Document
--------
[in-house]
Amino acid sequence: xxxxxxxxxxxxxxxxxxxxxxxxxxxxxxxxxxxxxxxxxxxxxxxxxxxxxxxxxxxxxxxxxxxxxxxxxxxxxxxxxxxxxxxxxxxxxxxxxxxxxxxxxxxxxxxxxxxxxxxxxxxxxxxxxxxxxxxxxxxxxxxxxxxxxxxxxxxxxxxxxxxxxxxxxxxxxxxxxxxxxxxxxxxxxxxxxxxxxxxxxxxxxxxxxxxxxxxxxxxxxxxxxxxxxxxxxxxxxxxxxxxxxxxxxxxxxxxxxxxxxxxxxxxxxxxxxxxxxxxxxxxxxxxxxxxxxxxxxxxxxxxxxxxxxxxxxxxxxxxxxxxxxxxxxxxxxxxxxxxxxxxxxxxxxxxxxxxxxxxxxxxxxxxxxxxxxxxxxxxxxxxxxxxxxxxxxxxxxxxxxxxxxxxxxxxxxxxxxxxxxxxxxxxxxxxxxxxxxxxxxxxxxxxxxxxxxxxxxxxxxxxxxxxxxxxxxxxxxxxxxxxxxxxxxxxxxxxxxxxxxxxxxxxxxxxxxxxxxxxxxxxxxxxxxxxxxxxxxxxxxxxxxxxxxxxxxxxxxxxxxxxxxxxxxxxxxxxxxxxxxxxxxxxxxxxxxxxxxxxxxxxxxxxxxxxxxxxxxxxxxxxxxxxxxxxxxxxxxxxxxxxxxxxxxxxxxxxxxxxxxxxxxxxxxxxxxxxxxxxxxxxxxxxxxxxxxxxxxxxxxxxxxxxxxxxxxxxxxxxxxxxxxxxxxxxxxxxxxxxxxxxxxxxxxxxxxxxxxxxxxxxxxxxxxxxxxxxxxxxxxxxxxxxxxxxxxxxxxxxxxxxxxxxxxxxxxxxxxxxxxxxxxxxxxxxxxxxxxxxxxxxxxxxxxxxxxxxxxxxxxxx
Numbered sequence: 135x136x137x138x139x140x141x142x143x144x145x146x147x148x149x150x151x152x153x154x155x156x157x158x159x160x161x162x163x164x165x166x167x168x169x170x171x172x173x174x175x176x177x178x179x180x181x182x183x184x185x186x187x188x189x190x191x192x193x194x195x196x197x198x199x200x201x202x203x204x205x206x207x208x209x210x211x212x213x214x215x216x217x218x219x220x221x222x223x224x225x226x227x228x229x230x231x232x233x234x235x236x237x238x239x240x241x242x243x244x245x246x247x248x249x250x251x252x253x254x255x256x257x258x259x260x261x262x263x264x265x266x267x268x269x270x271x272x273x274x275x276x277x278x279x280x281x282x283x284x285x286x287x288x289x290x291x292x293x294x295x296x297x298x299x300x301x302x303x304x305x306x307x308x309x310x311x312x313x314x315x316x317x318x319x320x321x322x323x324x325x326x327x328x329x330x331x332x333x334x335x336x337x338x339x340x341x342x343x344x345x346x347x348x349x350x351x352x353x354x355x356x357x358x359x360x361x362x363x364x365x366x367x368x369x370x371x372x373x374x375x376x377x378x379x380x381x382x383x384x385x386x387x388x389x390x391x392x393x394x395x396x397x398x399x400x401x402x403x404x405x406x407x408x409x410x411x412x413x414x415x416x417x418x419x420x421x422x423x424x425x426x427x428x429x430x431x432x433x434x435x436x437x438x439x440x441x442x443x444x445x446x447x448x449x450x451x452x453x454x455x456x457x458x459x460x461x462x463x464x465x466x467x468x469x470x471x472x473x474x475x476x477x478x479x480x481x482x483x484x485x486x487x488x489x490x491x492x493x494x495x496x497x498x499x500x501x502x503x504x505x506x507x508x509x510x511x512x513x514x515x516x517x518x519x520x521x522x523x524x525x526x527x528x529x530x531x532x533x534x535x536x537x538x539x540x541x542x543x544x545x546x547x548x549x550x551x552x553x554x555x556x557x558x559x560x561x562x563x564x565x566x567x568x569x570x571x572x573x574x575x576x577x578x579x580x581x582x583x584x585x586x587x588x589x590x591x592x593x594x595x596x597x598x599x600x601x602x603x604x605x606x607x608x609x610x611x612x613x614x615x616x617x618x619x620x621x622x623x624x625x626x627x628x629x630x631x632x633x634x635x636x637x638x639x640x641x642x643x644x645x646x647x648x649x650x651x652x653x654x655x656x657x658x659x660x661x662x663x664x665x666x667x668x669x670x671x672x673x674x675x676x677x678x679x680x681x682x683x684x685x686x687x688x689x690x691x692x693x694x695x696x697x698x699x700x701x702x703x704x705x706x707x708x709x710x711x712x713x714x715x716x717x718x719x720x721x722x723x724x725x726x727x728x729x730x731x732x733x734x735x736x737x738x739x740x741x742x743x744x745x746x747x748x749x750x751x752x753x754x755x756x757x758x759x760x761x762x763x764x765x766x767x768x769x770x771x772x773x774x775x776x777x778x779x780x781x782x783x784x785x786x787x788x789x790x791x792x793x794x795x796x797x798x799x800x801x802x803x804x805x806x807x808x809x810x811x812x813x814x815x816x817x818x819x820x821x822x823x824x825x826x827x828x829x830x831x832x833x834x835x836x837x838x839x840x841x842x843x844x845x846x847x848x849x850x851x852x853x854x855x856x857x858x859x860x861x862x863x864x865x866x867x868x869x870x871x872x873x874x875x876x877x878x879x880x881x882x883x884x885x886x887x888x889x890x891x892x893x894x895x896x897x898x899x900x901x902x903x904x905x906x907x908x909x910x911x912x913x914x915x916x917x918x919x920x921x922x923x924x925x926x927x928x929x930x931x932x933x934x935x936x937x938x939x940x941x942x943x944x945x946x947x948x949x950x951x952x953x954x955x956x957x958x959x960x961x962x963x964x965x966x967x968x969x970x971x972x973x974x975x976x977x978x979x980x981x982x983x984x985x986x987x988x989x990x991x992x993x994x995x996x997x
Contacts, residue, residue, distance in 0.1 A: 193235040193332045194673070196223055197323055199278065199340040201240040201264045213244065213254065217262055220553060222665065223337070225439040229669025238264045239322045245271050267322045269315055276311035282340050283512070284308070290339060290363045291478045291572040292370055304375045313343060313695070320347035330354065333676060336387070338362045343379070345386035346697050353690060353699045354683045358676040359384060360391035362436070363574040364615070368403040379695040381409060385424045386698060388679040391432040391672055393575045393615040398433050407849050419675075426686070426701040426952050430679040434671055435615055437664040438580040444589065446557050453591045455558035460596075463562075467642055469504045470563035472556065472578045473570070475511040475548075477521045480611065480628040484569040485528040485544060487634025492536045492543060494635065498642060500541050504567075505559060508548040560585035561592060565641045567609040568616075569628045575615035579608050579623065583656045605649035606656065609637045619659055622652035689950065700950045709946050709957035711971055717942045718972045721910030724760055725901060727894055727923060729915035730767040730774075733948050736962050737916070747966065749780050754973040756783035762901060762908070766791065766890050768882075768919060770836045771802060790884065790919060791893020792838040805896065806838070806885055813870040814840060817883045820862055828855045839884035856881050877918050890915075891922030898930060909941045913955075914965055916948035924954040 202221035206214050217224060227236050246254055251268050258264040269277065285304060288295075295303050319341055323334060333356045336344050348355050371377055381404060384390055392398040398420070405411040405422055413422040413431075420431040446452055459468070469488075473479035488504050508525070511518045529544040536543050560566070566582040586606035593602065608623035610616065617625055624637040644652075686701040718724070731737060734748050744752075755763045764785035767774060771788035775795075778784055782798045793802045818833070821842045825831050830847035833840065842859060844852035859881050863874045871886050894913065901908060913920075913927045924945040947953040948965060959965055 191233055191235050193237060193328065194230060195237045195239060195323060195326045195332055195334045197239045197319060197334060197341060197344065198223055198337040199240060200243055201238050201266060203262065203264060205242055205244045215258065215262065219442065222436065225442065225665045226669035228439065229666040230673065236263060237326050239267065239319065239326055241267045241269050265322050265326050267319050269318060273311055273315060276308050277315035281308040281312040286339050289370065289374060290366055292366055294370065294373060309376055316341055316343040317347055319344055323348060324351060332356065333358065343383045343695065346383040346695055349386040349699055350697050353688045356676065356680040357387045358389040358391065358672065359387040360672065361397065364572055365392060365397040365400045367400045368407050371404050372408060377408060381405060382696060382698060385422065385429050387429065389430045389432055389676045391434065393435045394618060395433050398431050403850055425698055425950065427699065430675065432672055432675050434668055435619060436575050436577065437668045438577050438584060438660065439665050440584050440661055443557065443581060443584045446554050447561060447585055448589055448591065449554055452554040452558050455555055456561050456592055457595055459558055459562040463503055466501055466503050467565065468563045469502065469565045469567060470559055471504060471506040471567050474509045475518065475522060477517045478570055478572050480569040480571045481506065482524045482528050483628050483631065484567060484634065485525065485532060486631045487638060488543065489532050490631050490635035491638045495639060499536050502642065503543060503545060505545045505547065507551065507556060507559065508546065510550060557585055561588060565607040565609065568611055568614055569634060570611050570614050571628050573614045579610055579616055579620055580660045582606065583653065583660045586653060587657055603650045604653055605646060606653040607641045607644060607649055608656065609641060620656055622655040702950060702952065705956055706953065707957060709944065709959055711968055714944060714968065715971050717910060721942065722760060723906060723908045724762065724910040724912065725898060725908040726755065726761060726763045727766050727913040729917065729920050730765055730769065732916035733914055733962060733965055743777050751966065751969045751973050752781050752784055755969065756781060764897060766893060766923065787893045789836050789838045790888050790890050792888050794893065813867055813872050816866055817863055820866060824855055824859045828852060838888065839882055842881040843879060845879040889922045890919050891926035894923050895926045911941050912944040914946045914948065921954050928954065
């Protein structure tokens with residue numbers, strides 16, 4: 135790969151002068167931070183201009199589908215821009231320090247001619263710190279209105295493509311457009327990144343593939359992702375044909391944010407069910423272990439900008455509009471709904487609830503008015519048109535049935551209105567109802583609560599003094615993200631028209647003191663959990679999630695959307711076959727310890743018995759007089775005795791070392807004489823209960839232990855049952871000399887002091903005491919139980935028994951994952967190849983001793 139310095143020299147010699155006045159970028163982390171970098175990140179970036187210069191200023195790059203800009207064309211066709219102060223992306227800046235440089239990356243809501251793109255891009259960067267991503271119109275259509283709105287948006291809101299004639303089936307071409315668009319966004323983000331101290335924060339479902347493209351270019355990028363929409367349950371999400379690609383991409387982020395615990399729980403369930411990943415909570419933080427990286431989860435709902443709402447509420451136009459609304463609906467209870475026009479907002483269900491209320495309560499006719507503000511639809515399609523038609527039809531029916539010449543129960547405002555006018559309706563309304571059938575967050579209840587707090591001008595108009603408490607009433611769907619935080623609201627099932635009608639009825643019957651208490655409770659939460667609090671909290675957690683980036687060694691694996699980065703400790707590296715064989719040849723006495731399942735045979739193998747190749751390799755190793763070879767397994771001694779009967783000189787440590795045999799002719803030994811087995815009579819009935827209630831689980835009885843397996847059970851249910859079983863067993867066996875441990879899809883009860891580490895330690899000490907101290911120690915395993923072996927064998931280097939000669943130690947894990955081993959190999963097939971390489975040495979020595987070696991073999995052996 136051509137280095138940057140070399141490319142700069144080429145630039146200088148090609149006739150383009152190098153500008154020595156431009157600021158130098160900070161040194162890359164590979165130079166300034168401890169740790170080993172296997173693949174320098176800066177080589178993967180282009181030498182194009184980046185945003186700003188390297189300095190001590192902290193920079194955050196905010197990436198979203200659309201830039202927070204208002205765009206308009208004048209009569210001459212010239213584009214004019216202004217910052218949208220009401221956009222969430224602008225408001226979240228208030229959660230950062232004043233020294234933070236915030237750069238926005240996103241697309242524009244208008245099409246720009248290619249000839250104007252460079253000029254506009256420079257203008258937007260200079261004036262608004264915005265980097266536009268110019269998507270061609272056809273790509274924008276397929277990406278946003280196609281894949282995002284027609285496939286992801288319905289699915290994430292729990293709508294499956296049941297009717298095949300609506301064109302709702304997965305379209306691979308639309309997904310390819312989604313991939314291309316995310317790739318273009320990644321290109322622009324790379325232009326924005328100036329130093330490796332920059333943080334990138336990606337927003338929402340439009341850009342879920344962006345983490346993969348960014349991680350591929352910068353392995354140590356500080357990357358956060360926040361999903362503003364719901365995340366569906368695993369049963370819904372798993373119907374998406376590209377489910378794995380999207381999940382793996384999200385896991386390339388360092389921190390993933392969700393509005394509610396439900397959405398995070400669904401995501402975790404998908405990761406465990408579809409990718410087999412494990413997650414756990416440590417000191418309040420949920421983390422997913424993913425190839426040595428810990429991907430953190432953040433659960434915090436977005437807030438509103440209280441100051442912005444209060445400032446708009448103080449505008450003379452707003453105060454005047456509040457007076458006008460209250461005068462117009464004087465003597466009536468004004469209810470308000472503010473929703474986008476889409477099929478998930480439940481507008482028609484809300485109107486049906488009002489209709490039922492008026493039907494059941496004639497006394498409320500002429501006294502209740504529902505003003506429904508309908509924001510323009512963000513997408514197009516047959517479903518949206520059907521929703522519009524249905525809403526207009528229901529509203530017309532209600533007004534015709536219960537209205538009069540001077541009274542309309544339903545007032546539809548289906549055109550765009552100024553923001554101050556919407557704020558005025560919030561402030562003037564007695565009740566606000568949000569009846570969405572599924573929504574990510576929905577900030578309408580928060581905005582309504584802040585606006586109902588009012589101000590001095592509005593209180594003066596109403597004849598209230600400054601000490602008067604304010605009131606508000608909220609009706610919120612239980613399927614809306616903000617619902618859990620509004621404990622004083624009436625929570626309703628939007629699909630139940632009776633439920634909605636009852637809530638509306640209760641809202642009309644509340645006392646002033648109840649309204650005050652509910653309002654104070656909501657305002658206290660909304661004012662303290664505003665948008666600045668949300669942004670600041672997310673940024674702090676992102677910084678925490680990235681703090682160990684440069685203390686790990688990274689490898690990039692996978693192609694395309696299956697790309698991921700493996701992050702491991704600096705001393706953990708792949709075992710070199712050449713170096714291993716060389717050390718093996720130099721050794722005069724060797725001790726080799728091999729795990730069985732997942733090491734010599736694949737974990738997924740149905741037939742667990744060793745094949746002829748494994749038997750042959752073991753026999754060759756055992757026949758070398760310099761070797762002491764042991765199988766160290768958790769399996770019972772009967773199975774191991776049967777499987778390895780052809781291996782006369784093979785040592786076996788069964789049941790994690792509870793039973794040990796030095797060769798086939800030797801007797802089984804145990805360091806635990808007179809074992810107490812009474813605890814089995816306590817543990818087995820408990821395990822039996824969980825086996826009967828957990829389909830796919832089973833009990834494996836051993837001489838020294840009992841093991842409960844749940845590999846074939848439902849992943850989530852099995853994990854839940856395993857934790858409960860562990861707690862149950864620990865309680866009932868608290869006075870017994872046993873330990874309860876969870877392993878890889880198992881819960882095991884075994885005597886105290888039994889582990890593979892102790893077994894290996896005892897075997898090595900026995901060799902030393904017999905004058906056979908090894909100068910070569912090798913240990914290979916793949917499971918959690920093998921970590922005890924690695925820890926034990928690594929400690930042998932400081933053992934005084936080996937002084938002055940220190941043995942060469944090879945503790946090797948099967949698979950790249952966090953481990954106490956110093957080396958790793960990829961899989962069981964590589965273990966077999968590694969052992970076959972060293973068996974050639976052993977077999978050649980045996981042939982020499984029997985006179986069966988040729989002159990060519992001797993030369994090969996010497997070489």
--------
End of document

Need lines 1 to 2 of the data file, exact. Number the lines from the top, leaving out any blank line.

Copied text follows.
[in-house]
Amino acid sequence: xxxxxxxxxxxxxxxxxxxxxxxxxxxxxxxxxxxxxxxxxxxxxxxxxxxxxxxxxxxxxxxxxxxxxxxxxxxxxxxxxxxxxxxxxxxxxxxxxxxxxxxxxxxxxxxxxxxxxxxxxxxxxxxxxxxxxxxxxxxxxxxxxxxxxxxxxxxxxxxxxxxxxxxxxxxxxxxxxxxxxxxxxxxxxxxxxxxxxxxxxxxxxxxxxxxxxxxxxxxxxxxxxxxxxxxxxxxxxxxxxxxxxxxxxxxxxxxxxxxxxxxxxxxxxxxxxxxxxxxxxxxxxxxxxxxxxxxxxxxxxxxxxxxxxxxxxxxxxxxxxxxxxxxxxxxxxxxxxxxxxxxxxxxxxxxxxxxxxxxxxxxxxxxxxxxxxxxxxxxxxxxxxxxxxxxxxxxxxxxxxxxxxxxxxxxxxxxxxxxxxxxxxxxxxxxxxxxxxxxxxxxxxxxxxxxxxxxxxxxxxxxxxxxxxxxxxxxxxxxxxxxxxxxxxxxxxxxxxxxxxxxxxxxxxxxxxxxxxxxxxxxxxxxxxxxxxxxxxxxxxxxxxxxxxxxxxxxxxxxxxxxxxxxxxxxxxxxxxxxxxxxxxxxxxxxxxxxxxxxxxxxxxxxxxxxxxxxxxxxxxxxxxxxxxxxxxxxxxxxxxxxxxxxxxxxxxxxxxxxxxxxxxxxxxxxxxxxxxxxxxxxxxxxxxxxxxxxxxxxxxxxxxxxxxxxxxxxxxxxxxxxxxxxxxxxxxxxxxxxxxxxxxxxxxxxxxxxxxxxxxxxxxxxxxxxxxxxxxxxxxxxxxxxxxxxxxxxxxxxxxxxxxxxxxxxxxxxxxxxxxxxxxxxxxxxxxxxxxxxxxxxxxxxxxxxxxxxxxxxxxxx